Glassware may look clean, but can have an invisible film or odor that can destroy the flavor and aroma of beer. Glassware issues originate from sources such as using the wrong detergents like dishwashing soap or bleach for disinfecting. Additionally, odors maybe acquired from chilling glasses with smelly food items.
- Assure that detergents and sanitizers are beer glass friendly. More chemicals are not necessarily better. Always clean sinks and change solutions before each shift.
- Always dry glassware completely prior to placing in chilled storage areas. Place the glassware on a clean raised grated surface to allow for proper drainage and to accelerate drying. This is critical to allow the sanitizer sufficient contact time to disinfect the glassware. If a beer is dispensed into glasses prematurely, before they have dried properly, unhygienic conditions may exist.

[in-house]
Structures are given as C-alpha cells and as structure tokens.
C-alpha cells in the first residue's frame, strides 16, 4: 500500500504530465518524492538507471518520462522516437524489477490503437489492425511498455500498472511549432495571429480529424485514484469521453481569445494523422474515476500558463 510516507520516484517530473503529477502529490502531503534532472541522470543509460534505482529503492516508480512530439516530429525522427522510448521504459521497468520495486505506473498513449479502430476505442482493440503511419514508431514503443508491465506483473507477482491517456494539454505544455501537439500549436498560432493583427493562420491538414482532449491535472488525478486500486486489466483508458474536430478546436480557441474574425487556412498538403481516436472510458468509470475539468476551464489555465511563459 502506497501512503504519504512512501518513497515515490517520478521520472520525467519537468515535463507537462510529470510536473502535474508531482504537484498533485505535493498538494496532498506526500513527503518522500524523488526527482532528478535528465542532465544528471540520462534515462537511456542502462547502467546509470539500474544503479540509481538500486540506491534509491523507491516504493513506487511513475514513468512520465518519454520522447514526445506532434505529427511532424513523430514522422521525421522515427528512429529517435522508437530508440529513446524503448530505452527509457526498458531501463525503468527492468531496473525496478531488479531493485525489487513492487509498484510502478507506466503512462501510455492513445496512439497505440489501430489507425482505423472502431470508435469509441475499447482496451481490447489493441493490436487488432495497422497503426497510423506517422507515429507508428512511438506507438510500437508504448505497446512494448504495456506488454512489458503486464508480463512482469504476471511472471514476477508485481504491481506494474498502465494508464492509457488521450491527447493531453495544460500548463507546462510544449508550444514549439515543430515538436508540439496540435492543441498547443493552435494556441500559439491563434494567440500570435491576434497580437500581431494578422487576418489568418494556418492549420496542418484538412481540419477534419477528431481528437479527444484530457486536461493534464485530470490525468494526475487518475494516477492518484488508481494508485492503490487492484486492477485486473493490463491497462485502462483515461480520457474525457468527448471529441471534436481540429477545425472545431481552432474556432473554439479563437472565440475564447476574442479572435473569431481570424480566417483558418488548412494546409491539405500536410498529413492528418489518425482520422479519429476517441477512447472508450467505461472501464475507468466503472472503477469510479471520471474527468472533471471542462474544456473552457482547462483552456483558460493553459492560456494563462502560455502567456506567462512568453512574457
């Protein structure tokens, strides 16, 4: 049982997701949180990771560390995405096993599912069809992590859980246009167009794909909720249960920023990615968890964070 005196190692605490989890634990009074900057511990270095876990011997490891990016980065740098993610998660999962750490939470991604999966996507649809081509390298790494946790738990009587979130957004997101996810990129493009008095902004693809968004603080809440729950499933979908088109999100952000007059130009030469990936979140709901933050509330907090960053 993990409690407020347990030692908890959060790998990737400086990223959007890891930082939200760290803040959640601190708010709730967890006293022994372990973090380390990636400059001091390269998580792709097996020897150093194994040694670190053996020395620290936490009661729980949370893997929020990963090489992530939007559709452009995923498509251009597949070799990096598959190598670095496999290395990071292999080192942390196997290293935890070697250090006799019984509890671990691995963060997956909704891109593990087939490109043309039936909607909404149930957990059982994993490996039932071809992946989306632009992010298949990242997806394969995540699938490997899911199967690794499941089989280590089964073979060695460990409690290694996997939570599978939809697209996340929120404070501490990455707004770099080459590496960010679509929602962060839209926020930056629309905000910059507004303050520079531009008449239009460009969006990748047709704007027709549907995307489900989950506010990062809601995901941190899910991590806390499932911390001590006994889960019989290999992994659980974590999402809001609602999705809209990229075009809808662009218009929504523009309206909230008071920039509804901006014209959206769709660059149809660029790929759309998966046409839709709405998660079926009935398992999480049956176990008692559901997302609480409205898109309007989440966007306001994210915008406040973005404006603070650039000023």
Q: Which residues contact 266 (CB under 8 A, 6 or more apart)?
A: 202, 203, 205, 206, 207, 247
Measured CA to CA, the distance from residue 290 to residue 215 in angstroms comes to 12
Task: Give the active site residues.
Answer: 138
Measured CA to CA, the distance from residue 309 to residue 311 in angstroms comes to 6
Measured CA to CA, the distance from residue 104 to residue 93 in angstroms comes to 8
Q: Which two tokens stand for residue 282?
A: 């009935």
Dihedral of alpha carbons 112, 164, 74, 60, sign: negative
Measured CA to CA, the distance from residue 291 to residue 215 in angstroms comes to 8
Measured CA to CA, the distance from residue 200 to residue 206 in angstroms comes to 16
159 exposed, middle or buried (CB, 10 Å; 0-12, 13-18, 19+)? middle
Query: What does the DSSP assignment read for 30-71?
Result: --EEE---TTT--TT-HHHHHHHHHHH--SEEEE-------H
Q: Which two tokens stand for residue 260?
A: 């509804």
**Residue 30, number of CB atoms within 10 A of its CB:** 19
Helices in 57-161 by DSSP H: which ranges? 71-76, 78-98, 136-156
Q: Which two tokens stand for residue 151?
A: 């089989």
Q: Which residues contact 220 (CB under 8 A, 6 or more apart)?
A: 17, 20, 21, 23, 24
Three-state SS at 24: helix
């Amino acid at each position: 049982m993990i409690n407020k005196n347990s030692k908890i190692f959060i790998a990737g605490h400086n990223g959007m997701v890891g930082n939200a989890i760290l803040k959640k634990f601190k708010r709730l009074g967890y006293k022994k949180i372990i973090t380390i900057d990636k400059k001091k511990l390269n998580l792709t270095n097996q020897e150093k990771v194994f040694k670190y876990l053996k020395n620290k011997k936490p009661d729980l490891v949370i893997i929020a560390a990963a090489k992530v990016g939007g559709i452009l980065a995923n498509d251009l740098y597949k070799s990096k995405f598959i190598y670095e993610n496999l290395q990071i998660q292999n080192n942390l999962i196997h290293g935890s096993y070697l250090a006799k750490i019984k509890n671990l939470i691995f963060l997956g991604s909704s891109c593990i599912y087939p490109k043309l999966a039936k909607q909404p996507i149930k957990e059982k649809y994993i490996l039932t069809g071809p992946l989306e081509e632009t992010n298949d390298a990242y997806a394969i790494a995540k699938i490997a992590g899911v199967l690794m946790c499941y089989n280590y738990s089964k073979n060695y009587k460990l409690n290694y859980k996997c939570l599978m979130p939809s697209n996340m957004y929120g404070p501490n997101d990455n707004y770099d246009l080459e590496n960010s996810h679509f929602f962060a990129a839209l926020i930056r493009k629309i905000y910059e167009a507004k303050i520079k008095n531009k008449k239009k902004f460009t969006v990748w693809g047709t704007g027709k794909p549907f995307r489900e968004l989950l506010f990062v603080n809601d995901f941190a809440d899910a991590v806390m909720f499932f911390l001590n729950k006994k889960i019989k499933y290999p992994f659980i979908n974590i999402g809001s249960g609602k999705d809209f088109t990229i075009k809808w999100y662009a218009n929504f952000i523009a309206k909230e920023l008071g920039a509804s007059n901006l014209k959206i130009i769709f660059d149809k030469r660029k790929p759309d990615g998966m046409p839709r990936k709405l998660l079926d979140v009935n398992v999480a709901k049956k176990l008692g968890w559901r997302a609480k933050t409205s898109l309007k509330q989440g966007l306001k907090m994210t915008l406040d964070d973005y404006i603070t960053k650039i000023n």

- Dedicate chiller’s for beer glasses only, do not store food goods with glassware.
Beer-friendly glasses are chilled NOT frozen. The idea is to have the glass pre-chilled to a temperature that is close to the beer systems pour temperature so the glass does not raise the drink temperature. Most beers are not designed or intended to be served below 38 Deg. (F.). If a beer is too cold the temperature will mask the taste and aroma of the product.
ICE ON GLASSWARE IS BAD!
Ice crystals are sharp and pointed, beer is a very unstable fluid. The beer has a hard enough time trying to hang on to the Co2 molecule (the bubble). Pour that beer over a frosted or icy glass and the sharp ice crystals will pop the Co2 bubble. This causes foaming (in the glass). Glassware should be chilled to between 38-40 Deg. (F.).